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How to Prevent Grain Contamination

Grain is a major food staple and provides many nutrients for a healthy, balanced diet. However, grains are particularly susceptible to contaminants like fungus and mold that sprout when grain is improperly stored or insufficiently dried. These contaminants, known as mycotoxins, can quickly colonize your crops before harvest or during handling, storage and transportation. In fact, approximately half of all grain harvested globally is lost to poor storage techniques and mycotoxin contamination. 

Because mycotoxin can endanger the health of humans and animals, your grain may be rejected by buyers and result in significant operational costs. Keeping your grain well-managed and stored is key to limiting exposure to all types of contaminants. You can effectively manage contamination with these top prevention techniques. 

Common Grain Contaminants

In addition to mold and mycotoxins, there are many other contaminants that can affect the quality and marketability of your grain, including:

  • Pests: Insects, rodents and other pests can contaminate grain by consuming it, damaging the grain kernels, producing chemical excretions and breeding. Common grain pests include weevils, the lessor grain borer and the Angoumois grain moth. 
  • Foreign materials: It’s possible for foreign materials to contaminate the grain, such as dirt, broken grain, hulls, stones, wood chips, plastics and other fine materials that affect grain quality. Foreign material contamination typically occurs during transportation, handling, processing or storage.
  • Toxic metals: Improper storage can also cause toxic metals to contaminate grain. Certain pesticides, fertilizers and irrigation processes can introduce toxins like arsenic, mercury, chromium, lead and acrylamide.

How Do Grains Get Contaminated?

Grains can become contaminated from various sources, including:

  • Harvesting: Grain damage during harvesting can create favorable conditions for poor aeration, insect infestation and mold growth. Animal feces, sprouted grain and poor human sanitation processes may also introduce pathogens.
  • Storage: Environmental factors like high temperatures, excessive humidity, fertilizers, dust and stormwater runoff can significantly damage grain and lead to contamination. Poor quality storage can also make grain susceptible to insect infestation and prevent optimal temperatures.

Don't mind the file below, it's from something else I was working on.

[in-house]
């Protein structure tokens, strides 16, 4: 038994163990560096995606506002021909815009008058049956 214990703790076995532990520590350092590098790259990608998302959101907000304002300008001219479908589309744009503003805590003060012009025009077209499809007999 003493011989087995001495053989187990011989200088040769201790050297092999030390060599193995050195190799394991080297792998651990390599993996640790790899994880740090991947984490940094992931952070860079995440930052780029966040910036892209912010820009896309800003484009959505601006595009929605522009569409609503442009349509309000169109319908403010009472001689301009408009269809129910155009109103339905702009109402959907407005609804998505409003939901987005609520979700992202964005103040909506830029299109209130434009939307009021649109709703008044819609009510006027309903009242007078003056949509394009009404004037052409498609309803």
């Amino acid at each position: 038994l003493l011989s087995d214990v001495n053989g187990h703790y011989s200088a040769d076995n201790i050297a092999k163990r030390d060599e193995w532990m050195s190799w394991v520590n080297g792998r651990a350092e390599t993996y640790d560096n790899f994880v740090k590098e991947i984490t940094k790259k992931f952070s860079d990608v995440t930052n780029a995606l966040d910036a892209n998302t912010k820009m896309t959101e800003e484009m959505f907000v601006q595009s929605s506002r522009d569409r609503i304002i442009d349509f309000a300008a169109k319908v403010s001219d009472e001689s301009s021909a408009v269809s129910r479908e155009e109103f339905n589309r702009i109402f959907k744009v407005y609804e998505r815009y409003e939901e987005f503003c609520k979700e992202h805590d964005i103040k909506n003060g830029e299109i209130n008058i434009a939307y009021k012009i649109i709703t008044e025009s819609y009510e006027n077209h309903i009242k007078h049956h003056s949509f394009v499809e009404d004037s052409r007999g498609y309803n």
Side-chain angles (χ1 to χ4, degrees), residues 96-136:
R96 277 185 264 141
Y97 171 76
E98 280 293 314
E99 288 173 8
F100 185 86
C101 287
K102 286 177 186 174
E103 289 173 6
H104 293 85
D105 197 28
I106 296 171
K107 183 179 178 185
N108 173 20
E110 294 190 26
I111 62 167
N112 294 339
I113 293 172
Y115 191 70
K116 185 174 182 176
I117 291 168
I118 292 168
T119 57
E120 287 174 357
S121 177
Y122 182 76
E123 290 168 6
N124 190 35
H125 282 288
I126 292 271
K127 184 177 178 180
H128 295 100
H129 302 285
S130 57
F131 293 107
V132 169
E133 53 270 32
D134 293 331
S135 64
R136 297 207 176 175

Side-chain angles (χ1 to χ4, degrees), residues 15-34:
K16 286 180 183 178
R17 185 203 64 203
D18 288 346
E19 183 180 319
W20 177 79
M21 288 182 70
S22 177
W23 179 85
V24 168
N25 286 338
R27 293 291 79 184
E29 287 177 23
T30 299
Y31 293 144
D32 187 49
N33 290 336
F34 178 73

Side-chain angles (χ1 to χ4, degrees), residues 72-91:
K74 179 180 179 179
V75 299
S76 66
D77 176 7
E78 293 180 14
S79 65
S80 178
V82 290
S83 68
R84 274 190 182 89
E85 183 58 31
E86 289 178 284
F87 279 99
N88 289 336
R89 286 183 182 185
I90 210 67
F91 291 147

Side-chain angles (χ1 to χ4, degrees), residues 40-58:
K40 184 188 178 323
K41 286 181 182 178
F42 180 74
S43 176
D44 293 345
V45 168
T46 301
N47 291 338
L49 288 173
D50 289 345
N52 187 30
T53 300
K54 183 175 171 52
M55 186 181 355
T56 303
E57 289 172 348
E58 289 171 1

• Transportation: Shipping containers and conditions can lead to contamination risks. For instance, cross-contamination can occur if a previous load of contaminated grain is not properly cleaned. Grains can also be damaged by non-food grade lubricants used to maintain handling or processing equipment.

Grain Storage Best Practices

The most effective way to prevent grain contamination is to implement proper storage techniques. Here are the top considerations for maintaining grain safety and quality. 

Choosing the Right Storage Facilities

1. Choosing the Right Storage Facilities

All grains should be stored in airtight containers with tight closures to prevent mold growth and insects. Some examples of proper grain storage options include:

  • Cushion box
  • Grain bags
  • Grain bins
  • Silos
  • Slide gates
  • Flow valves

Some storage containers are better for long-term storage, while others should only be used for short-term storage. For example, grain bags are sealed to offer airtight protection against the environment, but they’re not usually recommended for reuse. Alternatively, a lined cushion box can protect the grain and minimize cross-contamination during long-term storage. 

You’ll also need to consider the storage location. Ideally, the grain should be stored in a space with good airflow, cool temperatures and away from direct sunlight.